24th Sunday in Ordinary Time           

            In his book The Jesus I Never Knew, Philip Yancey talks about his personal study of the life of Jesus. According to Yancey, one impression about Jesus that strikes him more forcefully than any other is how Jesus “has been tamed.” His knowledge of God before – more accurately, the God that was made known to him was Someone serious, strict, stern, frowning, and even fierce. But, his deep desire to know the Lord more personally led him to discover the Jesus who is sweet, warm, gentle, and kind. This is what he means by “Jesus being tamed.”

            How did you come to know the Lord Jesus? Can you honestly say that you know him well? Who is Jesus to you or for you personally? Jesus’ question to his disciples in today gospel reading is also addressed to each one of us: “Who do you say that I am?” “Who do I say Jesus is? Who is Jesus to me?” This question demands a personal answer – an answer that comes from one’s personal, intimate relationship with the Lord Jesus. This can be a very difficult question if one is not familiar with Jesus every day, if one does not spend time to be with him, if one does not communicate with him regularly.

            Those, however, who have a personal relationship with Jesus, those who spend enough time with him in prayer, those who communicate with him every single day, those who make him as their one and only priority, those who read the Gospels to know him better, those who strive to share in his life and mission, those who commit themselves to work for him, those who participate in the ministries of the Church, would most likely find the question easier to answer.

            “Who do I say Jesus is? Who is Jesus to me?” This question is actually an invitation for us to have a deeper personal relationship with Jesus. Our personal relationship with the Lord Jesus must be deep and intimate enough   for us to be able to give a personal answer to a personal question of Jesus: “Who do you say that I am?”

            Perhaps, we can say that most of us know much about Jesus. We know a lot of things about Jesus. However, to know things about Jesus is not the same as knowing Jesus. Unless our knowledge of Jesus is translated into gospel values, authentic Christian living and self-giving deeds, we really do not know the Lord Jesus yet.

            If we really consider Jesus as “the Messiah, the Son of the living God,” we cannot put him inside the cabinet and just take him out when it is convenient for us to do so. We cannot confine him in just one area of our life or restrict his influence in just one aspect of it. We must allow him to be the Lord of our whole life. We cannot allocate just one hour a week for him and spend the rest of our time to our projects and interests. We must devote every moment of our life to him. We cannot give him just half of our heart, our mind, and strength and the other half to our other concerns and preoccupations. We must give our whole selves to him.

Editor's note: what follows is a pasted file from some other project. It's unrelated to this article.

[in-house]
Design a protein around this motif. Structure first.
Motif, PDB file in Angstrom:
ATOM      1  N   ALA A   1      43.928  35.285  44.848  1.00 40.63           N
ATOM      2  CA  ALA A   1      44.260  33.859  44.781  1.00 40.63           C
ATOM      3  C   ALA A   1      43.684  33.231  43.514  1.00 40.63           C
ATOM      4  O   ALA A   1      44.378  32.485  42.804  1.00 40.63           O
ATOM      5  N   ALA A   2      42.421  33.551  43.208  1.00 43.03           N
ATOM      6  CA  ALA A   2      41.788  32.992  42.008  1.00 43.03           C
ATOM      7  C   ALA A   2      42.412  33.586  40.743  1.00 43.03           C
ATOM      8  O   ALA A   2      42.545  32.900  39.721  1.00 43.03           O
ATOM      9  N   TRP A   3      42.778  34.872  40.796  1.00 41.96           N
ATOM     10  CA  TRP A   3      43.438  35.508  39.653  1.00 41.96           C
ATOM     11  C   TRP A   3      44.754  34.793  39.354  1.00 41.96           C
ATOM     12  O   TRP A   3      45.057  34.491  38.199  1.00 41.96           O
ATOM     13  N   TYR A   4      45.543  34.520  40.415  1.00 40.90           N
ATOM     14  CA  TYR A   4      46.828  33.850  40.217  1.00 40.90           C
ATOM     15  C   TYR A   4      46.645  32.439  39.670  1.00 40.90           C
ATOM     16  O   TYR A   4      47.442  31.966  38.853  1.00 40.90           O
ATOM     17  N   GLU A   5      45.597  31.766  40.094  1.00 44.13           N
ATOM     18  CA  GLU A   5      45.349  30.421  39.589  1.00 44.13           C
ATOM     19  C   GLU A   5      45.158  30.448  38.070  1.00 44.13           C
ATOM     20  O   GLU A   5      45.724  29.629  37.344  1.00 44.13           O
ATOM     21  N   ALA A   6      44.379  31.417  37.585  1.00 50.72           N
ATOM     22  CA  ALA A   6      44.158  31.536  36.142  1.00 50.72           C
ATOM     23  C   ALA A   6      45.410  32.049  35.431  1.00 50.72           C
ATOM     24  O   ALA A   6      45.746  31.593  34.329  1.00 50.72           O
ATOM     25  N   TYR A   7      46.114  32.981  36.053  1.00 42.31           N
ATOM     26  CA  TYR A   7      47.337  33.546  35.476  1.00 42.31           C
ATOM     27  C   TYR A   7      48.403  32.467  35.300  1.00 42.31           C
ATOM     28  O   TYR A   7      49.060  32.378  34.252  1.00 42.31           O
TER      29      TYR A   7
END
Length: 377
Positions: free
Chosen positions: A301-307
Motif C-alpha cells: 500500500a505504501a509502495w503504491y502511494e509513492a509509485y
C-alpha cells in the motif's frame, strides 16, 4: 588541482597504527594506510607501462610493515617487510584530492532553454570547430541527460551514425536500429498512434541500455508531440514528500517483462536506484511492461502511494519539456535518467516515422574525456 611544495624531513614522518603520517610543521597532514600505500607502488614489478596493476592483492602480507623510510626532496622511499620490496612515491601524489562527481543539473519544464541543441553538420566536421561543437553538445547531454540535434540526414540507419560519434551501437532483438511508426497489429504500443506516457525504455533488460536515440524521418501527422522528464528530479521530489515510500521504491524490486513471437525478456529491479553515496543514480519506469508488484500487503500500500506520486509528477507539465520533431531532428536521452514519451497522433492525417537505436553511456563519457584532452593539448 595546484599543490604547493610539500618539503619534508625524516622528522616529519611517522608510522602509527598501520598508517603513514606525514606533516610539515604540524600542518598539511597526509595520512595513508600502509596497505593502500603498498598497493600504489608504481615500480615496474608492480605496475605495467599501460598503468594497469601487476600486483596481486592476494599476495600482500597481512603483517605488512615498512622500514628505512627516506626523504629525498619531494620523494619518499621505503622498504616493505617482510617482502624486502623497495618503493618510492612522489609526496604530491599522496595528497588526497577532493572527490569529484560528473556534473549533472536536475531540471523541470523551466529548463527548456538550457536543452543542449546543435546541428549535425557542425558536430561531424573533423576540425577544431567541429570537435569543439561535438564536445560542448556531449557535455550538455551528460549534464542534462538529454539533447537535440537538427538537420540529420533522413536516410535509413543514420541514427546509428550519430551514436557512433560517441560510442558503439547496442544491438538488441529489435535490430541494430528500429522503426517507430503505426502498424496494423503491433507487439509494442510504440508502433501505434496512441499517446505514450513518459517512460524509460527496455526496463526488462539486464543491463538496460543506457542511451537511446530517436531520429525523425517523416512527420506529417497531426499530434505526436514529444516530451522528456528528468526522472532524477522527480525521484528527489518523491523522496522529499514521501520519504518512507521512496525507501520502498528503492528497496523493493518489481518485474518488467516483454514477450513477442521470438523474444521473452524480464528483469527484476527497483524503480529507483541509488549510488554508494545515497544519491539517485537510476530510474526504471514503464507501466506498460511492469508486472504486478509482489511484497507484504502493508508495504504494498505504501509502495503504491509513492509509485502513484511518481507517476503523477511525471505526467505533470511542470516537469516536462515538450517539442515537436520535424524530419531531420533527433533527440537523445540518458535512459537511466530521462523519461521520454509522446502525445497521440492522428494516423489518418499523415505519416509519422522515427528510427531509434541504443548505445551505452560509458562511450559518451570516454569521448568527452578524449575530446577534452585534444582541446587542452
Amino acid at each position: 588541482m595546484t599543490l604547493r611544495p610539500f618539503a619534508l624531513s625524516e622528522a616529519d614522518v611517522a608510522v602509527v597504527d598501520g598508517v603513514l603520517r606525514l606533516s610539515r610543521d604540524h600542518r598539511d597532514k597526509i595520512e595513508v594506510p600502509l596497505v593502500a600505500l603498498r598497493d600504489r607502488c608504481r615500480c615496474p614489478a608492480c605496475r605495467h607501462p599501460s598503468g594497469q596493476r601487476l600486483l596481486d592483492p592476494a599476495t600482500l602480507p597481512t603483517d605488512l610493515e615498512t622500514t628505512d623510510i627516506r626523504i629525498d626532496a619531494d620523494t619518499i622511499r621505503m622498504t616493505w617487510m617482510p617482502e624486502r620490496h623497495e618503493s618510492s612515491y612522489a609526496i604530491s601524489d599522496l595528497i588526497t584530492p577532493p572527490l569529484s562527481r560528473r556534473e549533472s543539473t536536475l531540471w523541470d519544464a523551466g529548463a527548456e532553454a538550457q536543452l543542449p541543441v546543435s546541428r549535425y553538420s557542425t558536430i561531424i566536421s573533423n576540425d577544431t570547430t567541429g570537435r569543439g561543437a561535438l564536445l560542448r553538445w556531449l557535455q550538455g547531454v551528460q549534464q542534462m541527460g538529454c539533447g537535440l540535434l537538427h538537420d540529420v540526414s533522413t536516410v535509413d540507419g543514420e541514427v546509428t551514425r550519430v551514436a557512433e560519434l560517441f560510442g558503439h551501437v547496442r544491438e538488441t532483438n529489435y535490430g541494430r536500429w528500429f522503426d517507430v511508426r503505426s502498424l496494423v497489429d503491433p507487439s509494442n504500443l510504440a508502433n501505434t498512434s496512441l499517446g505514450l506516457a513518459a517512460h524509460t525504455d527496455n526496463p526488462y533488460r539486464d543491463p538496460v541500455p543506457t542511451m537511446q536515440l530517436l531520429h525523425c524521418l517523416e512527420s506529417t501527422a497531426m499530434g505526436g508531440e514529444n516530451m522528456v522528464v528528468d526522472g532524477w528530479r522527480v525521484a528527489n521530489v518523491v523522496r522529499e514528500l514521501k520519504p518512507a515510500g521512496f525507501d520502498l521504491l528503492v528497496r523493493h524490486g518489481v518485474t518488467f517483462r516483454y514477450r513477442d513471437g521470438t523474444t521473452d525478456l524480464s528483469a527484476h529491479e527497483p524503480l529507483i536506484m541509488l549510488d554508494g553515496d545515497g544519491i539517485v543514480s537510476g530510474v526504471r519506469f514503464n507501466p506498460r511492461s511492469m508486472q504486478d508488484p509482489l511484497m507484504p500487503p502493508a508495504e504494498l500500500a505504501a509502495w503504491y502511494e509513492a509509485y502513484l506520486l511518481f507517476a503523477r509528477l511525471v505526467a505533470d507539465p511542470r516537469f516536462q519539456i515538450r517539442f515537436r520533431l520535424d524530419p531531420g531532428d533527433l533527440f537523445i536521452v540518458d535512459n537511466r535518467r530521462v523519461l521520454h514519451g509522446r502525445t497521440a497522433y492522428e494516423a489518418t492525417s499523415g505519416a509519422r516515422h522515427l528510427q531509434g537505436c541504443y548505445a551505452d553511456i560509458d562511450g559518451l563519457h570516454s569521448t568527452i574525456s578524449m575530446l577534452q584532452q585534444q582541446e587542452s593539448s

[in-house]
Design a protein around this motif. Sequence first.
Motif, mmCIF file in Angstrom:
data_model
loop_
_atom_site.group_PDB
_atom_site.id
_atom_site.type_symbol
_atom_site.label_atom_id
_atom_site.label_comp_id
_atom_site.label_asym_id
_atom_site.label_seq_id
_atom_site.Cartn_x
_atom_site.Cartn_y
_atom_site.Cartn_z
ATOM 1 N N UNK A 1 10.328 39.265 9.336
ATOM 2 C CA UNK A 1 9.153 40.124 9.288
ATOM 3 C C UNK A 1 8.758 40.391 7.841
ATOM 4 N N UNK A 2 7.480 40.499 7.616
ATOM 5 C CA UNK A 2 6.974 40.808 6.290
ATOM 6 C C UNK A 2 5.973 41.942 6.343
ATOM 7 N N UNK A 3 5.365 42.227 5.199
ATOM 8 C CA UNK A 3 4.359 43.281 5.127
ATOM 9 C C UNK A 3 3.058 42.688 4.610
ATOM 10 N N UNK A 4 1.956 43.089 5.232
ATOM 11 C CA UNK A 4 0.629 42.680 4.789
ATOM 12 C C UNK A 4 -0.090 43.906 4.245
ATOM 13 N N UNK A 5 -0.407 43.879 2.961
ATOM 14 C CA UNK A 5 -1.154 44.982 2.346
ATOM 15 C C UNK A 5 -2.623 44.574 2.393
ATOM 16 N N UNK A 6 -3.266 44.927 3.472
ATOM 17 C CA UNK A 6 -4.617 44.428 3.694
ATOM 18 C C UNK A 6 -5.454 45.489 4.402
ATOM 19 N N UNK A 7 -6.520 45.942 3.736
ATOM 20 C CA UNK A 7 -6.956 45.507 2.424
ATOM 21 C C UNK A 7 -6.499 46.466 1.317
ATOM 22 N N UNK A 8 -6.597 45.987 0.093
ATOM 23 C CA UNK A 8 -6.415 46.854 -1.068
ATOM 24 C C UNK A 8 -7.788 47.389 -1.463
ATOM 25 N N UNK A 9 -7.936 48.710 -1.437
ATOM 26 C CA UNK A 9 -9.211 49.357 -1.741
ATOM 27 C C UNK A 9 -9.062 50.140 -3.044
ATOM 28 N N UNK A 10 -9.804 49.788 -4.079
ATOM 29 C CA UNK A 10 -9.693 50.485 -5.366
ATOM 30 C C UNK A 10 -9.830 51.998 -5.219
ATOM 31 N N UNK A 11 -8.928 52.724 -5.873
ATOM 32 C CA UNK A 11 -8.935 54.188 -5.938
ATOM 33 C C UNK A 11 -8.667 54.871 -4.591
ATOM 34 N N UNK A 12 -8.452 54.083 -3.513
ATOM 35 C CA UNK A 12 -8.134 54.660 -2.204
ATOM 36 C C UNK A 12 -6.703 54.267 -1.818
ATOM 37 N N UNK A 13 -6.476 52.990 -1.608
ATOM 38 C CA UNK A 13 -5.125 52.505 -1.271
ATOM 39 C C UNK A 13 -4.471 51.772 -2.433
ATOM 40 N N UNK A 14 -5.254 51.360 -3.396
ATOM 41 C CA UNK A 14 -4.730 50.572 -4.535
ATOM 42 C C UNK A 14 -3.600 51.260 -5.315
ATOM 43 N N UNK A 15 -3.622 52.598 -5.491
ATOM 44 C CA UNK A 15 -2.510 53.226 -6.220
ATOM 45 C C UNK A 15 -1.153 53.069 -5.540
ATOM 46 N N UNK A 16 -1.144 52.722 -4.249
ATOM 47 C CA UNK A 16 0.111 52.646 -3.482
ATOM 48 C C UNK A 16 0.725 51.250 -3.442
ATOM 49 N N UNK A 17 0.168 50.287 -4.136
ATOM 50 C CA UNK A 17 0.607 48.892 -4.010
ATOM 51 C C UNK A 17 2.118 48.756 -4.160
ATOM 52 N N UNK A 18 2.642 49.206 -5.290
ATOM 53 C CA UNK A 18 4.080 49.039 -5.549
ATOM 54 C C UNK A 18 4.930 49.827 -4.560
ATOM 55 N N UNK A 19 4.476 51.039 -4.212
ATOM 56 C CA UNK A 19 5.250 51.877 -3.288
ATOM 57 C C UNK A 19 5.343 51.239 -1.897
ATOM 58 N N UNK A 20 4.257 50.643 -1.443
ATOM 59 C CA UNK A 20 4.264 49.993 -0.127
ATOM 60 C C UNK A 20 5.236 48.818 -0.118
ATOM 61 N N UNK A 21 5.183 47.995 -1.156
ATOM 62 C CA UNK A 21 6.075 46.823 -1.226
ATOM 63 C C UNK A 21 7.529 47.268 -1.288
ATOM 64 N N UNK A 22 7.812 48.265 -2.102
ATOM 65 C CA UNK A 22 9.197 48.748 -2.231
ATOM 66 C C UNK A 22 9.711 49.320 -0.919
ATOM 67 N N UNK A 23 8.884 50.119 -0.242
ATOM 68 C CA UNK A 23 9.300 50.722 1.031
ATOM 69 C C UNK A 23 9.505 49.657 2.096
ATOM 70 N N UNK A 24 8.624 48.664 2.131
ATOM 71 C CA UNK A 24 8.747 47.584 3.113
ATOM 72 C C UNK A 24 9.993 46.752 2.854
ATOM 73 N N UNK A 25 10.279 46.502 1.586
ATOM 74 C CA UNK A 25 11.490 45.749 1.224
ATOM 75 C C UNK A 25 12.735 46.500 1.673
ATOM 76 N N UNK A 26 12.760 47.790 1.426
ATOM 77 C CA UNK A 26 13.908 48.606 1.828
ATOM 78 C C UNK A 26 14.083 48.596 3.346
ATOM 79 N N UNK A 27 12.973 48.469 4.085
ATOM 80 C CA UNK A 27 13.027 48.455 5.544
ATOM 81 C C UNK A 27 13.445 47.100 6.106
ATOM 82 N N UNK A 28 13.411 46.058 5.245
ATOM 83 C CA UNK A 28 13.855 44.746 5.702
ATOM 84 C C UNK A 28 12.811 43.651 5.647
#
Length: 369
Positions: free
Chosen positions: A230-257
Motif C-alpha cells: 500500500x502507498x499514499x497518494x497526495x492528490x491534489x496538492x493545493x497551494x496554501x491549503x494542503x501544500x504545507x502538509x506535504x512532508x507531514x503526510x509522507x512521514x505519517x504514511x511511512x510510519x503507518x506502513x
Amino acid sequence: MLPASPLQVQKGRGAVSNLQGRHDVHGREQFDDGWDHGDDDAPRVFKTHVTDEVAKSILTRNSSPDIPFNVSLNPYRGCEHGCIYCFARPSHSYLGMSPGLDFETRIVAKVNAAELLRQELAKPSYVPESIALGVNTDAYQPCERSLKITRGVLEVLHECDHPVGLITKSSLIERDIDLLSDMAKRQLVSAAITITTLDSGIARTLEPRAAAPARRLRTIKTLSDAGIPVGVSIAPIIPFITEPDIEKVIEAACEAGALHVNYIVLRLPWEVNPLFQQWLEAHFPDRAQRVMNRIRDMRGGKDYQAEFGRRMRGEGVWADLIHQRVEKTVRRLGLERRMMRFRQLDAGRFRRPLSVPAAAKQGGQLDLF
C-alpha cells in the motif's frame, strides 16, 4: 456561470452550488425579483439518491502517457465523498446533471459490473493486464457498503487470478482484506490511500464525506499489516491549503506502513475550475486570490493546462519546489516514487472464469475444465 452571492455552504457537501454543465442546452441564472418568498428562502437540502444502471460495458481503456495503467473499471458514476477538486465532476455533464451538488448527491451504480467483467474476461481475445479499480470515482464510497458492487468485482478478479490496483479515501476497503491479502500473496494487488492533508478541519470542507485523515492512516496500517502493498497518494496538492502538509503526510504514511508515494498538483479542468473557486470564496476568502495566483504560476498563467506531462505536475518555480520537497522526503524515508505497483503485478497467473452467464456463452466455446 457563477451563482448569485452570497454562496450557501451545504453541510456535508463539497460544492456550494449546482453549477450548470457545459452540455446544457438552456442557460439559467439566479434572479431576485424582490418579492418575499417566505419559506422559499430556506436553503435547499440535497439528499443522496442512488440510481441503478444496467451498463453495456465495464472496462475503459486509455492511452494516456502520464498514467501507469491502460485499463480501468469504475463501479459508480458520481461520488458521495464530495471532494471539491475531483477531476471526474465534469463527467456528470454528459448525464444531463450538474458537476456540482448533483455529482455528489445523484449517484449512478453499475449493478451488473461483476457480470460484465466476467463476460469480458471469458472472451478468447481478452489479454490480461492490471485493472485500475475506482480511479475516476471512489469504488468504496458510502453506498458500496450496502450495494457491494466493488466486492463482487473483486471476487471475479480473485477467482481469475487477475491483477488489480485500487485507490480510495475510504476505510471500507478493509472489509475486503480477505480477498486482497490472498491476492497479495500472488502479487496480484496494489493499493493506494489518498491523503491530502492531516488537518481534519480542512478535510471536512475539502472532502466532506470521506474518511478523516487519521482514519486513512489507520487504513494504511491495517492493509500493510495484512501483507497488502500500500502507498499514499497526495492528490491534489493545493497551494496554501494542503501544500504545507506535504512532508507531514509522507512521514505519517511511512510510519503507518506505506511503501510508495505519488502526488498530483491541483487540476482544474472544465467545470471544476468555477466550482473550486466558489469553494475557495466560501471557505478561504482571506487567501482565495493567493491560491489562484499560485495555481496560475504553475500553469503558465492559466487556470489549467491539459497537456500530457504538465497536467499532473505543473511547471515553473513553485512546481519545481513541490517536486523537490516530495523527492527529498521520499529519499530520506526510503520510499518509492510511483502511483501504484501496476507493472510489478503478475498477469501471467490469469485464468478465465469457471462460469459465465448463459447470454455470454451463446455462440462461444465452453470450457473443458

Knowing Jesus should transform our way of life! It should change the way we pray to God – that is, to pray the way Jesus taught us to pray. It should change the way we respond, react, or behave – that is, to ask “What would Jesus do in this situation?” It should change the way we approach our work or job – that is, to make it as our participation in Christ’s saving work. It should change the way we deal with our pains and sufferings – that is, to accept them as our own cross we carry for Jesus. It should change the way we relate to one another and the way we treat others, especially those we do not like – that is, to let compassion and mercy always prevail in our relationships with and conduct toward others.

            Jesus invites all of us to come to know him in prayer. The Lord has already worked wonders in our lives, yet, in his generosity, he wants to give us much more. In prayer, we realize the great things Jesus has done for us; therefore, our hearts are filled with gratitude and joy. In prayer, we come to know Jesus as the Master of our life; therefore, we are assured that he has a plan for each of us. In prayer, we allow Jesus to empower and inspire us; therefore, we become effective ministers of the Gospel.

            So, the critical thing is not how much I know about Jesus, but how do I live what I know of Jesus. How do I really get Jesus involved in my life? Again, knowing Jesus should transform our way of life.

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